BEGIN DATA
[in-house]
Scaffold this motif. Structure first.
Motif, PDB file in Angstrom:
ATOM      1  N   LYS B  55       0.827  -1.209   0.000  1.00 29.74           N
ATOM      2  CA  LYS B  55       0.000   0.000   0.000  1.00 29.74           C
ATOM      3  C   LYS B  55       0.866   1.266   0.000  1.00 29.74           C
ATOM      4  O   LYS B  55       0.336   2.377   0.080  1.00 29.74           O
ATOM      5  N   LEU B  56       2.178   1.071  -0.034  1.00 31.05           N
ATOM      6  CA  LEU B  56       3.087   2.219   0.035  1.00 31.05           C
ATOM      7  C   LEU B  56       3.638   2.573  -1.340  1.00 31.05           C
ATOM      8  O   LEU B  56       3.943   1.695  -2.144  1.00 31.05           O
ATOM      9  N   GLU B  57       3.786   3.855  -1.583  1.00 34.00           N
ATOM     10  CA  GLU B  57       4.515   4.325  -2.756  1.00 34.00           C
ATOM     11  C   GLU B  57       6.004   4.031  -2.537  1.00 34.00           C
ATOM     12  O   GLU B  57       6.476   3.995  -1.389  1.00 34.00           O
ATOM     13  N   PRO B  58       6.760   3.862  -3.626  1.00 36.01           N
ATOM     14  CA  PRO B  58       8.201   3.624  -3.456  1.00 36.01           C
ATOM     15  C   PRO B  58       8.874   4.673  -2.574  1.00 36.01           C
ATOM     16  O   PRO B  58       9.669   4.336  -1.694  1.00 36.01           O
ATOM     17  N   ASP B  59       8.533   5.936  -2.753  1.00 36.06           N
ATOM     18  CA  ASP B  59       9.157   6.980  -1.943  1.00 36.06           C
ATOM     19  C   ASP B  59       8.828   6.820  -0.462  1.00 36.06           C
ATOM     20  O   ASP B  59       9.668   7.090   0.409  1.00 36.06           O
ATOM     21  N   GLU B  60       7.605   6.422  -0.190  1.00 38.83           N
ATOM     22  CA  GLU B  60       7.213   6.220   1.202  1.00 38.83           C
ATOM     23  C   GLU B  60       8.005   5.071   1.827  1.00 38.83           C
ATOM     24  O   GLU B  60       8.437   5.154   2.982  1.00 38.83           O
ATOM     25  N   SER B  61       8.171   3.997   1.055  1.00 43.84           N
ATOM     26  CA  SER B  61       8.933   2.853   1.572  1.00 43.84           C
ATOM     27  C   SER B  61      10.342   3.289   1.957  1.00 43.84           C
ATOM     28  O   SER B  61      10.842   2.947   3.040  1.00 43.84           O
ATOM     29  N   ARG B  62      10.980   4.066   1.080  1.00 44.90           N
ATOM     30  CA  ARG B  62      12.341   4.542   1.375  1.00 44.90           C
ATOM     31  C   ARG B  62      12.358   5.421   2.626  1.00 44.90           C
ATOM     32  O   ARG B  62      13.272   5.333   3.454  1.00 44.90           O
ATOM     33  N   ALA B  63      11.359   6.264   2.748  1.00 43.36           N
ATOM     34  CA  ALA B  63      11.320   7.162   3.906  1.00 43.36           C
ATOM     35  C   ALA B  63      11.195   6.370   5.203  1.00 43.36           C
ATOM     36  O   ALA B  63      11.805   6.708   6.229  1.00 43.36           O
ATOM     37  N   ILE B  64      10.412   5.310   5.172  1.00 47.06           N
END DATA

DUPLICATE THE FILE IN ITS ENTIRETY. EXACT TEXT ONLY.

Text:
[in-house]
Scaffold this motif. Structure first.
Motif, PDB file in Angstrom:
ATOM      1  N   LYS B  55       0.827  -1.209   0.000  1.00 29.74           N
ATOM      2  CA  LYS B  55       0.000   0.000   0.000  1.00 29.74           C
ATOM      3  C   LYS B  55       0.866   1.266   0.000  1.00 29.74           C
ATOM      4  O   LYS B  55       0.336   2.377   0.080  1.00 29.74           O
ATOM      5  N   LEU B  56       2.178   1.071  -0.034  1.00 31.05           N
ATOM      6  CA  LEU B  56       3.087   2.219   0.035  1.00 31.05           C
ATOM      7  C   LEU B  56       3.638   2.573  -1.340  1.00 31.05           C
ATOM      8  O   LEU B  56       3.943   1.695  -2.144  1.00 31.05           O
ATOM      9  N   GLU B  57       3.786   3.855  -1.583  1.00 34.00           N
ATOM     10  CA  GLU B  57       4.515   4.325  -2.756  1.00 34.00           C
ATOM     11  C   GLU B  57       6.004   4.031  -2.537  1.00 34.00           C
ATOM     12  O   GLU B  57       6.476   3.995  -1.389  1.00 34.00           O
ATOM     13  N   PRO B  58       6.760   3.862  -3.626  1.00 36.01           N
ATOM     14  CA  PRO B  58       8.201   3.624  -3.456  1.00 36.01           C
ATOM     15  C   PRO B  58       8.874   4.673  -2.574  1.00 36.01           C
ATOM     16  O   PRO B  58       9.669   4.336  -1.694  1.00 36.01           O
ATOM     17  N   ASP B  59       8.533   5.936  -2.753  1.00 36.06           N
ATOM     18  CA  ASP B  59       9.157   6.980  -1.943  1.00 36.06           C
ATOM     19  C   ASP B  59       8.828   6.820  -0.462  1.00 36.06           C
ATOM     20  O   ASP B  59       9.668   7.090   0.409  1.00 36.06           O
ATOM     21  N   GLU B  60       7.605   6.422  -0.190  1.00 38.83           N
ATOM     22  CA  GLU B  60       7.213   6.220   1.202  1.00 38.83           C
ATOM     23  C   GLU B  60       8.005   5.071   1.827  1.00 38.83           C
ATOM     24  O   GLU B  60       8.437   5.154   2.982  1.00 38.83           O
ATOM     25  N   SER B  61       8.171   3.997   1.055  1.00 43.84           N
ATOM     26  CA  SER B  61       8.933   2.853   1.572  1.00 43.84           C
ATOM     27  C   SER B  61      10.342   3.289   1.957  1.00 43.84           C
ATOM     28  O   SER B  61      10.842   2.947   3.040  1.00 43.84           O
ATOM     29  N   ARG B  62      10.980   4.066   1.080  1.00 44.90           N
ATOM     30  CA  ARG B  62      12.341   4.542   1.375  1.00 44.90           C
ATOM     31  C   ARG B  62      12.358   5.421   2.626  1.00 44.90           C
ATOM     32  O   ARG B  62      13.272   5.333   3.454  1.00 44.90           O
ATOM     33  N   ALA B  63      11.359   6.264   2.748  1.00 43.36           N
ATOM     34  CA  ALA B  63      11.320   7.162   3.906  1.00 43.36           C
ATOM     35  C   ALA B  63      11.195   6.370   5.203  1.00 43.36           C
ATOM     36  O   ALA B  63      11.805   6.708   6.229  1.00 43.36           O
ATOM     37  N   ILE B  64      10.412   5.310   5.172  1.00 47.06           N